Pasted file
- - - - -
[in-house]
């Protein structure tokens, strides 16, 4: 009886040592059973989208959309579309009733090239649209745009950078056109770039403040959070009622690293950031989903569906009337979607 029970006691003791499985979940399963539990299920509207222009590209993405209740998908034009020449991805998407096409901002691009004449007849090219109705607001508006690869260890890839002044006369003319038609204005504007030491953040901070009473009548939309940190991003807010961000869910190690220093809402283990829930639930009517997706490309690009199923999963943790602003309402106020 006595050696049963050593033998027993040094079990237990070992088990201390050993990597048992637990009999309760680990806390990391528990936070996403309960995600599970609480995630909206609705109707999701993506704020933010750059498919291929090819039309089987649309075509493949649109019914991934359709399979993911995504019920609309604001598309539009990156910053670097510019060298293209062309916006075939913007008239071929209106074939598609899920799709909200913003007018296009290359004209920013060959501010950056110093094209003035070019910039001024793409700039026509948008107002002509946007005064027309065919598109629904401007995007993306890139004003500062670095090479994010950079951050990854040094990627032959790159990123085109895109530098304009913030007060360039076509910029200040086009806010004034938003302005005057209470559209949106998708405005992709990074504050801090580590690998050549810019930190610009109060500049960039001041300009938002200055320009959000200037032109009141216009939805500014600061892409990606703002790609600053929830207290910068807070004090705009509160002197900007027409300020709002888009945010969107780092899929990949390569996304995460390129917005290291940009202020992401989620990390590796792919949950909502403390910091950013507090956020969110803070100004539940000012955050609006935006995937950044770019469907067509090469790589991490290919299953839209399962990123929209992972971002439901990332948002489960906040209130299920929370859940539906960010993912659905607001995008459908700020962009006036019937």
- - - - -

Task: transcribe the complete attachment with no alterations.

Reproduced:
[in-house]
């Protein structure tokens, strides 16, 4: 009886040592059973989208959309579309009733090239649209745009950078056109770039403040959070009622690293950031989903569906009337979607 029970006691003791499985979940399963539990299920509207222009590209993405209740998908034009020449991805998407096409901002691009004449007849090219109705607001508006690869260890890839002044006369003319038609204005504007030491953040901070009473009548939309940190991003807010961000869910190690220093809402283990829930639930009517997706490309690009199923999963943790602003309402106020 006595050696049963050593033998027993040094079990237990070992088990201390050993990597048992637990009999309760680990806390990391528990936070996403309960995600599970609480995630909206609705109707999701993506704020933010750059498919291929090819039309089987649309075509493949649109019914991934359709399979993911995504019920609309604001598309539009990156910053670097510019060298293209062309916006075939913007008239071929209106074939598609899920799709909200913003007018296009290359004209920013060959501010950056110093094209003035070019910039001024793409700039026509948008107002002509946007005064027309065919598109629904401007995007993306890139004003500062670095090479994010950079951050990854040094990627032959790159990123085109895109530098304009913030007060360039076509910029200040086009806010004034938003302005005057209470559209949106998708405005992709990074504050801090580590690998050549810019930190610009109060500049960039001041300009938002200055320009959000200037032109009141216009939805500014600061892409990606703002790609600053929830207290910068807070004090705009509160002197900007027409300020709002888009945010969107780092899929990949390569996304995460390129917005290291940009202020992401989620990390590796792919949950909502403390910091950013507090956020969110803070100004539940000012955050609006935006995937950044770019469907067509090469790589991490290919299953839209399962990123929209992972971002439901990332948002489960906040209130299920929370859940539906960010993912659905607001995008459908700020962009006036019937």